ZFS Block Allocation Algorithms and Possible Relationship to Fragmentation?


Nov 15, 2021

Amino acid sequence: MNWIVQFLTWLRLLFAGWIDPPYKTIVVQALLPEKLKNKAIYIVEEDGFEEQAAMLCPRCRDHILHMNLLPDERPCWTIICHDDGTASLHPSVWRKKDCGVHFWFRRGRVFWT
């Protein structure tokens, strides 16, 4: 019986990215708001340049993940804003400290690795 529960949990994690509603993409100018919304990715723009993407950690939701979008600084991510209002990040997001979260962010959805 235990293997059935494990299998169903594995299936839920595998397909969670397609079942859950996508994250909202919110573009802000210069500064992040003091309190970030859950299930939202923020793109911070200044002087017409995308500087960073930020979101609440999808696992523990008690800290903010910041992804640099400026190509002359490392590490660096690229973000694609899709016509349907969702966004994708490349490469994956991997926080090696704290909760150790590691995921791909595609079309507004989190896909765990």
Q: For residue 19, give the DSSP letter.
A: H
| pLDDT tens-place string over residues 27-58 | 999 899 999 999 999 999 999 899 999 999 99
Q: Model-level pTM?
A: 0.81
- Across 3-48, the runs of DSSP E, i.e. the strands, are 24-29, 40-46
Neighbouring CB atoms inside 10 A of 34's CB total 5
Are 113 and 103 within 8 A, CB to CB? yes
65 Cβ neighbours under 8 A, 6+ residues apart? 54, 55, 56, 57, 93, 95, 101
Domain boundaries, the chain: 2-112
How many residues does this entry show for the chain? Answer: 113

For those familiar with the two block allocation algorithms used by ZFS (first fit and best fit), does anyone know the reasons why the algorithm is changed at 96% pool capacity (technically I believe it's 96% metaslab capacity which doesn't always translate to 96% pool capacity)? I've read comments that usually seen to hint at reducing fragmentation when the pool gets really full but I've also read that the best fit algorithm increases fragmentation. Based on my understanding of the two algorithms, it would seem that the first fit algorithm would be best at reducing file and free space fragmentation because it searches for the first available block large enough for the data that is closest to and after the previous block (although I would love someone to confirm this understanding cause I might be incorrect ... I am not 100% that it's after the previous block, it might be after something else, but after the previous block makes the most sense). On the other hand the best fit algorithm searches for the smallest block that still fits the data in, I assume, the current metaslab (I'm not sure if it searches other metaslabs before making a decision on which block to use). That would mean that while it might reduce free space fragmentation by filling in empty spaces in the metaslab it actually increases file fragmentation because it will spread the file across blocks that aren't close together but that fit the empty space best. That brings us back to the original question, why use the best fit algorithm after the pool is 96% full? The only answer I can think of is that it's too utilize the remaining space in the most efficient manner at the expense of file fragmentation (and performance).